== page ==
The sun dipped behind New Jersey, and the shade gave way to to Stephen Malkmus & the Jicks onstage at the 2015 4Knots Music Festival. Twenty minutes before, the Chicagoan rockers Twin Peaks had just capped off what had been a marathon of garage sets over the course of the afternoon. Malkmus approved, giving props onstage as well on Twitter (“Twin Peaks the band is fuckin rad today,” he shared). but now it was dusk, and this called for a more subdued vein of rock ‘n’ roll. After a balmy afternoon of trading places under the sun and taking cover, these indie rock titans couldn’t have arrived at a more perfect time.
In the pre-Jicks Nineties, Malkmus Pavement, the hugely influential and quintessential indie rock bands. As the decade ended, so did the band, but Malkmus quickly got back to work and released his debut self-titled solo album in 2001. Yet after six albums with the Jicks, the success of his former band continues to linger. “It would’ve been hard for the Jicks to outdo Pavement,” Malkmus told the Voice in the weeks leading up to 4Knots. “Someone like Björk, she outdid the Sugarcubes, but she’s a bit of a different level than me.” But the place where he’s currently at in his career is perfectly fine. Malkmus onstage is better than any artist-inspired MoMA exhibit.
Malkmus and the Jicks opened their set with “Senator” off the Beck-produced, 2011 LP Mirror Traffic. As he stacked his words on top of one another with his signature lyrical design – where the coherent lines carry the blur to form an imaginative collage, a la “The toxin’s American made/Weapons-class gray sludge for migrants” from “Senator” – the Jicks were directly behind with tight crashes and controlled feedback. Malkmus’ right-hand man Mike Clark switched between guitar and keyboard, occasionally casting glares into the crowd with whimsical intent (the uncontrollable rocker “Baby C’mon” had him gleefully sticking his tongue out to the audience, Hell’s Kitchen, and beyond). The newest Jick, drummer Jake Morris, thrashed his long locks over his drum set, his flailing adding more oomph to each cymbal crash.
Their set took heavy scoops from 2014’s Wig Out at Jagbags, whose stellar cuts are just as amazing as the album title is facetious. “Lariat,” “Houston Hades,” “Scattegories,” and “Chartjunk” all shone while the track “J Smoov” conjured the most emotional release from the enigmatic front man. Malkmus began the slow-burning track on guitar, but as soon as the band took over he let it flop down and favored the microphone. He grabbed it off the stand, swayed across the stage, and when the time came for him to hop back on lead, his strumming hand continued to grasp the mic during the reverb-heavy solo.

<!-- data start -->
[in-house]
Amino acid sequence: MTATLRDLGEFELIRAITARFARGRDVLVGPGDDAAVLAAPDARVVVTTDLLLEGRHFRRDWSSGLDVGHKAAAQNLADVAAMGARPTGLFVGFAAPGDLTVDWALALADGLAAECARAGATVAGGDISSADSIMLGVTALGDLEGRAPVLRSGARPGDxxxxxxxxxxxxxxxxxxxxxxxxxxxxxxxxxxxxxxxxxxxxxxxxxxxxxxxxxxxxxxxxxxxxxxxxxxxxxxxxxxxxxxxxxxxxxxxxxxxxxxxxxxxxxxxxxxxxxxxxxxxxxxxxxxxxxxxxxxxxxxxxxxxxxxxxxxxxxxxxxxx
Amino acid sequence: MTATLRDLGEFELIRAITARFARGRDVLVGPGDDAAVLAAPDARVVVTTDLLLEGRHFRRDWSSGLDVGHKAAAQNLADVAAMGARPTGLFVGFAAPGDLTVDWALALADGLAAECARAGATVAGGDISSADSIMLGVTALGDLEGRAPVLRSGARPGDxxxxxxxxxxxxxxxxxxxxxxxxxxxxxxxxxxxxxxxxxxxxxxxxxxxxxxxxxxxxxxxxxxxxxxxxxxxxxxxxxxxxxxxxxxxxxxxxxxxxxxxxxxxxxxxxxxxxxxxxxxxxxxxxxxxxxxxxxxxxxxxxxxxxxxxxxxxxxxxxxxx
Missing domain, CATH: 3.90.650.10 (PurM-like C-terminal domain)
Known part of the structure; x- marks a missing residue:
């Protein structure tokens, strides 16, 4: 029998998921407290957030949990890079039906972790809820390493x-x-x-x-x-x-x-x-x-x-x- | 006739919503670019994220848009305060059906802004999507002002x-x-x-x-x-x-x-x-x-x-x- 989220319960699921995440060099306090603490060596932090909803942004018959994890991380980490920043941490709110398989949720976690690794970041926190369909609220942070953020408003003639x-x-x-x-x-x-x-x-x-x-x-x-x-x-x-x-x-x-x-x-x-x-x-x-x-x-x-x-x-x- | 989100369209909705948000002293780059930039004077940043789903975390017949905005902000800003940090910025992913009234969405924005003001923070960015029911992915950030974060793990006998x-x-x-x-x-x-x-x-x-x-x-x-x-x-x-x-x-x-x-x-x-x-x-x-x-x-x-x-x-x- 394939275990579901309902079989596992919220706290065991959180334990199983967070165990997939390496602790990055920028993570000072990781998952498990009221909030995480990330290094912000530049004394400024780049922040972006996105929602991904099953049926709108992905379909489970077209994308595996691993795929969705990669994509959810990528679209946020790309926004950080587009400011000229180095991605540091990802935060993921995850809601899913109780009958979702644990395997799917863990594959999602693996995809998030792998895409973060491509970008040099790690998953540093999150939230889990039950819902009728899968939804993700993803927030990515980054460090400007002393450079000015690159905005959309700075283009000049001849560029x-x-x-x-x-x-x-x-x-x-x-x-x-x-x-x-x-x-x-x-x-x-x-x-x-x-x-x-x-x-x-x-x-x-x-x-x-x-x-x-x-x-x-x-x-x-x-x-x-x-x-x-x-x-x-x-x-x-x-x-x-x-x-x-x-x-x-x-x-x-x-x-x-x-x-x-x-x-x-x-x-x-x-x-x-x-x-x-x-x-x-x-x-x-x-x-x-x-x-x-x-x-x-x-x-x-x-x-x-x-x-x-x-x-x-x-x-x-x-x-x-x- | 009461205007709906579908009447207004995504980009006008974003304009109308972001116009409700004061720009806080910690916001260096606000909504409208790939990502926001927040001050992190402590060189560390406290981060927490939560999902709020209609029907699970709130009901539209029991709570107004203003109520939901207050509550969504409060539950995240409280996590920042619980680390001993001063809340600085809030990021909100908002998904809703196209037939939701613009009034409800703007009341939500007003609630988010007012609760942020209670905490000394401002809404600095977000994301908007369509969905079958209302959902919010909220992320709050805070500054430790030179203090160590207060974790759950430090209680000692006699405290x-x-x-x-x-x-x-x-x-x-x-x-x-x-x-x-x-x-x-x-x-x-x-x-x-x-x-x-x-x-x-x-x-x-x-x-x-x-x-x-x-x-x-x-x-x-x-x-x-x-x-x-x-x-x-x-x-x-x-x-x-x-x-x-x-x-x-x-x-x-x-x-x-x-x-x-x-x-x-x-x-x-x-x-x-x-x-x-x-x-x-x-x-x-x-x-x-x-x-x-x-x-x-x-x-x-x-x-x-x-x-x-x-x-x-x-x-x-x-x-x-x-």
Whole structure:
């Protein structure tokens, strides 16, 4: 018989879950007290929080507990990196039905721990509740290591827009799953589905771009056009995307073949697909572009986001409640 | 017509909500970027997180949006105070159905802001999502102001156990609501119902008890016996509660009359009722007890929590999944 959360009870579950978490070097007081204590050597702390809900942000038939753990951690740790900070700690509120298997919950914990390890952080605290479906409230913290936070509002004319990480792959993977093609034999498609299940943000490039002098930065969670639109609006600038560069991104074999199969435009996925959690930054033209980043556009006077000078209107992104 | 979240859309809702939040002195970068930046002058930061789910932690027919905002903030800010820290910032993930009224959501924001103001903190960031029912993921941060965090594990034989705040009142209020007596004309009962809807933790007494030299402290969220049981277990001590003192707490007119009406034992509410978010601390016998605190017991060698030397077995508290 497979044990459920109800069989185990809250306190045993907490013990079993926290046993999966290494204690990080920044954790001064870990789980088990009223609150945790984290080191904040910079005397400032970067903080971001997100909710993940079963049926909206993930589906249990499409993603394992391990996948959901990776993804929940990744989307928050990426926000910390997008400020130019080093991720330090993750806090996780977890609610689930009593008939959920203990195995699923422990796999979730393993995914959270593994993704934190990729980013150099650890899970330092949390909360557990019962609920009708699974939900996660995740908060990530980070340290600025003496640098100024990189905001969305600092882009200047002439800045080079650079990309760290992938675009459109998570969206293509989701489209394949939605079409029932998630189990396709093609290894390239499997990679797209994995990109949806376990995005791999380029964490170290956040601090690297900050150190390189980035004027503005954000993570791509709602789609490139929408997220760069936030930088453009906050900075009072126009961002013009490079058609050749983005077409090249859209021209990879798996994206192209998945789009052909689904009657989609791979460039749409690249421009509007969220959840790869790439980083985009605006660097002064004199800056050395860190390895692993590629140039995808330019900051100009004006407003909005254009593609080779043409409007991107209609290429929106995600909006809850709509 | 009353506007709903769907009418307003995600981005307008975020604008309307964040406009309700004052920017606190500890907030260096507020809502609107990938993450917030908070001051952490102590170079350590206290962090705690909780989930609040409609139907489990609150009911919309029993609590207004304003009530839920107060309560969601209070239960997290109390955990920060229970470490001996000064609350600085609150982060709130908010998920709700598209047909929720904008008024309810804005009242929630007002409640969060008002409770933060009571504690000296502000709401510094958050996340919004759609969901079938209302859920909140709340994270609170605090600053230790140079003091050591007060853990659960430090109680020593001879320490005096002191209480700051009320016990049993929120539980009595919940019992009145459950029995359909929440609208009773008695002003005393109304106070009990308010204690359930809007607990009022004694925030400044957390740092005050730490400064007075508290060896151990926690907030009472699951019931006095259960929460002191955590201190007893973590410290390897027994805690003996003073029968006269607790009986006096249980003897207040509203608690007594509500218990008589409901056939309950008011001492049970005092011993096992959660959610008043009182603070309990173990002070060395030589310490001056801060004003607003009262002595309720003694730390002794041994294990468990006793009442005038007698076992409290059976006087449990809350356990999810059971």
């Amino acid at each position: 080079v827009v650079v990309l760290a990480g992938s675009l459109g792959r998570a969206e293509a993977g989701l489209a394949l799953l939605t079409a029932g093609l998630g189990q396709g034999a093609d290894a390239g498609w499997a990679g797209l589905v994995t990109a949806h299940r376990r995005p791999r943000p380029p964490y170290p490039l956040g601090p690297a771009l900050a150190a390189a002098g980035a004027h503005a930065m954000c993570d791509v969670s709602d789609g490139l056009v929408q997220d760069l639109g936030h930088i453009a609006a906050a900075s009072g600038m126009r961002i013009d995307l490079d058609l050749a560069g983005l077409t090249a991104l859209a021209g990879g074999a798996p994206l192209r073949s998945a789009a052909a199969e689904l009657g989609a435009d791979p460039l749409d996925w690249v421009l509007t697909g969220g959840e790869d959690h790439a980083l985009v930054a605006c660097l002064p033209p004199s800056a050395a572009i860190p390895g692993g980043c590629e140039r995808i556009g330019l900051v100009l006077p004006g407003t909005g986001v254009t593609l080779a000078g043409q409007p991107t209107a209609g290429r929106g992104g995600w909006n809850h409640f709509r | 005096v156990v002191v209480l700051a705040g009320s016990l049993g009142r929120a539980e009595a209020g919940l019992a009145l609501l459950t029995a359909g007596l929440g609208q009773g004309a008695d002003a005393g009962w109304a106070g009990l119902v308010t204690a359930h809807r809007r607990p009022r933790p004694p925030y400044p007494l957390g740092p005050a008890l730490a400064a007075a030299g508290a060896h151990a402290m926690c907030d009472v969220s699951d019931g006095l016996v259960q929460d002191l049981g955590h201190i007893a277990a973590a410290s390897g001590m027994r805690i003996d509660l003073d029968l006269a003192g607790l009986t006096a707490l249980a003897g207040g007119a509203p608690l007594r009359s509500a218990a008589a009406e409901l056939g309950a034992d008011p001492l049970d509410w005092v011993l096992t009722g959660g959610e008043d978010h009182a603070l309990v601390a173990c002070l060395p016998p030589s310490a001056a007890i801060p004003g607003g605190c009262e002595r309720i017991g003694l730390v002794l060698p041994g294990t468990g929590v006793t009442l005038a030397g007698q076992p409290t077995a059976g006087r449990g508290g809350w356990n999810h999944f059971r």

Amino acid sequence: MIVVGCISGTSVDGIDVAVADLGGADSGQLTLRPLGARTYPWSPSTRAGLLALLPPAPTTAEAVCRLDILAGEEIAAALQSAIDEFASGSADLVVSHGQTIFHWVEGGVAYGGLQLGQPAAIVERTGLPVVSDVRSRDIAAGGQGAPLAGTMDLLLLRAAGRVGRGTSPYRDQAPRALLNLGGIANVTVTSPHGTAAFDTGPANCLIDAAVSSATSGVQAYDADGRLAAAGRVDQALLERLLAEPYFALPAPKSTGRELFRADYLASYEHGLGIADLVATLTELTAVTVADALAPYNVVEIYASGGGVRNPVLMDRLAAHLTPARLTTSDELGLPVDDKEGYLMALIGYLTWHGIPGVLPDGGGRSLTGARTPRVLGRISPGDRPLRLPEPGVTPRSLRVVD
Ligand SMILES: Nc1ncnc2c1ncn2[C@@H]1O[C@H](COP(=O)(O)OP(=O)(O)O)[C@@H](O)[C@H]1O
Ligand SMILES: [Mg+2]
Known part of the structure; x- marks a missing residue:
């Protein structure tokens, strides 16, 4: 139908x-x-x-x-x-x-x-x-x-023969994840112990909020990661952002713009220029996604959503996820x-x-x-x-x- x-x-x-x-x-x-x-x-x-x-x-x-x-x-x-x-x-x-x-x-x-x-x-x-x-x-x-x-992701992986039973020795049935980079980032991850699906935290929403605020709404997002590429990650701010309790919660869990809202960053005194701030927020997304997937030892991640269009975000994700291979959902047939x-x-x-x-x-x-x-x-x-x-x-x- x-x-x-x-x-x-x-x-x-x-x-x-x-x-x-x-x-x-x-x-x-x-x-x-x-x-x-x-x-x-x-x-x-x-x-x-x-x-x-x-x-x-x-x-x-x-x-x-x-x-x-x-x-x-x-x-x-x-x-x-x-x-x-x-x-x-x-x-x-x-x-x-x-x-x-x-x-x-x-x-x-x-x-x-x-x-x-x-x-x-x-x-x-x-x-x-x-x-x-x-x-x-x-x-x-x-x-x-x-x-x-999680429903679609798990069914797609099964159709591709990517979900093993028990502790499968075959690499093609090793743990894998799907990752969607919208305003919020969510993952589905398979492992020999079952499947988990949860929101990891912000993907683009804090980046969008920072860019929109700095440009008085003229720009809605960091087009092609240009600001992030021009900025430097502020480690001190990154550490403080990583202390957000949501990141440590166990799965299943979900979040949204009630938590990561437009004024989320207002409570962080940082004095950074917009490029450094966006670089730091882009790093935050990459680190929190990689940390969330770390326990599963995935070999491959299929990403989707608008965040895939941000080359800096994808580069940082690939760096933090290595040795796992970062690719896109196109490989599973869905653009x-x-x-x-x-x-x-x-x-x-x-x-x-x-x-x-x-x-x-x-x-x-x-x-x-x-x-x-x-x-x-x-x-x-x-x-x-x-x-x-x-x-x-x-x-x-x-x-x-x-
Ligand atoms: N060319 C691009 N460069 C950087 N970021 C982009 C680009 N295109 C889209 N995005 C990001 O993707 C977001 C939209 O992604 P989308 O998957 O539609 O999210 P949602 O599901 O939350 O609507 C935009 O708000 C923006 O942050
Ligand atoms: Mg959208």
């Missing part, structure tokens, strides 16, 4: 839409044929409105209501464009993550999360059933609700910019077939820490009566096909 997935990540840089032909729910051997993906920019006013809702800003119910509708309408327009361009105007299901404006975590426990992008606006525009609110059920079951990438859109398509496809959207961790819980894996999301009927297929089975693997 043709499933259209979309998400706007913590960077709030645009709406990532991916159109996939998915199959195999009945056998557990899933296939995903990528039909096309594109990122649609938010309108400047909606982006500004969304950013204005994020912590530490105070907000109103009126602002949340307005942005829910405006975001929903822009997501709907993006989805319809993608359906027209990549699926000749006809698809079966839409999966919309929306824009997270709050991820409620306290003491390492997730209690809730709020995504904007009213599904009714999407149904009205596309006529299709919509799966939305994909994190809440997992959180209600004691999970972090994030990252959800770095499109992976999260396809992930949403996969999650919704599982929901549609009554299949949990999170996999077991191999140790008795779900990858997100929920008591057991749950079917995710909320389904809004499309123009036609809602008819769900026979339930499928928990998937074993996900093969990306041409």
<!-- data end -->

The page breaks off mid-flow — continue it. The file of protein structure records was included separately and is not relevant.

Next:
Though Jagbags was duly represented, that didn’t mean the past was locked in quarantine. “Animal Midnight” was a deep-cut pleaser (Sadie Dupuis of Speedy Ortiz Tweeted her appreciation from the crowd) and the back-to-back jamming of “Asking Price” and “Stick Figures In Love” remains a live Jicks staple for a reason: When the opening drum roll and guitar riff in “Stick Figures” kicked off, the crowd responded with elation.
The set ended with the 10-minute epic “Real Emotional Trash,” and the show highlight came around midway when the rhythm section took five so that an a cappella Malkmus could lament his way through one of the better love songs of his generation, “Freeze The Saints” from the early-days gem Face The Truth. With just Clark accompanying on keys, Malkmus shot an arrow through the heart of each word, and in lieu of a guitar solo, he hopped on and shared the keyboard in a dual style akin to “Chopsticks.” Towards the end of the bit, Malkmus informed Clark, “You’re stepping on me, bro,” and the crowd mussed as they swayed with every note.
When the final feedback reverberations of “Real Emotional Trash” ran their course, the audience was left with an unanswered call for an encore; but that didn’t mean fans left disappointed. Stephen Malkmus & the Jicks had given everything they had: Heightened guitar solos, valleys of melodic euphoria, and inspired jams. Who can fault them for asking for more?
This article from the Village Voice Archive was posted on July 13, 2015